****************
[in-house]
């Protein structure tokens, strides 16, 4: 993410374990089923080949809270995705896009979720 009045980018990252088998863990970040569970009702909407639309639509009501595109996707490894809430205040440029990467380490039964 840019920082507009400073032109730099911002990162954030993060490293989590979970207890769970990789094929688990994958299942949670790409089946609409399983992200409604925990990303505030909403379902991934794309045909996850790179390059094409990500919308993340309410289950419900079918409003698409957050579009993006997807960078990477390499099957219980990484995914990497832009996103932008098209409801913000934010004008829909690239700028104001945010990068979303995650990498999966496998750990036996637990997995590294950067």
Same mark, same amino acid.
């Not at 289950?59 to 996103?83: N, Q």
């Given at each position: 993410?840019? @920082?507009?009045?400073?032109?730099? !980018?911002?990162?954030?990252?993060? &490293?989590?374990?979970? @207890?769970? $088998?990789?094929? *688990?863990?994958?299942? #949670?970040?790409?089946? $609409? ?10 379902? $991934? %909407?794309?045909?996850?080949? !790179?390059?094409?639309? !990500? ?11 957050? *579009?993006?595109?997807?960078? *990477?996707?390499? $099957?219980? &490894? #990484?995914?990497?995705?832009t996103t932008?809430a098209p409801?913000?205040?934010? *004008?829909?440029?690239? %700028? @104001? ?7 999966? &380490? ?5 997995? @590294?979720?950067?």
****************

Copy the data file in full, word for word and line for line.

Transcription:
[in-house]
């Protein structure tokens, strides 16, 4: 993410374990089923080949809270995705896009979720 009045980018990252088998863990970040569970009702909407639309639509009501595109996707490894809430205040440029990467380490039964 840019920082507009400073032109730099911002990162954030993060490293989590979970207890769970990789094929688990994958299942949670790409089946609409399983992200409604925990990303505030909403379902991934794309045909996850790179390059094409990500919308993340309410289950419900079918409003698409957050579009993006997807960078990477390499099957219980990484995914990497832009996103932008098209409801913000934010004008829909690239700028104001945010990068979303995650990498999966496998750990036996637990997995590294950067």
Same mark, same amino acid.
């Not at 289950?59 to 996103?83: N, Q």
């Given at each position: 993410?840019? @920082?507009?009045?400073?032109?730099? !980018?911002?990162?954030?990252?993060? &490293?989590?374990?979970? @207890?769970? $088998?990789?094929? *688990?863990?994958?299942? #949670?970040?790409?089946? $609409? ?10 379902? $991934? %909407?794309?045909?996850?080949? !790179?390059?094409?639309? !990500? ?11 957050? *579009?993006?595109?997807?960078? *990477?996707?390499? $099957?219980? &490894? #990484?995914?990497?995705?832009t996103t932008?809430a098209p409801?913000?205040?934010? *004008?829909?440029?690239? %700028? @104001? ?7 999966? &380490? ?5 997995? @590294?979720?950067?």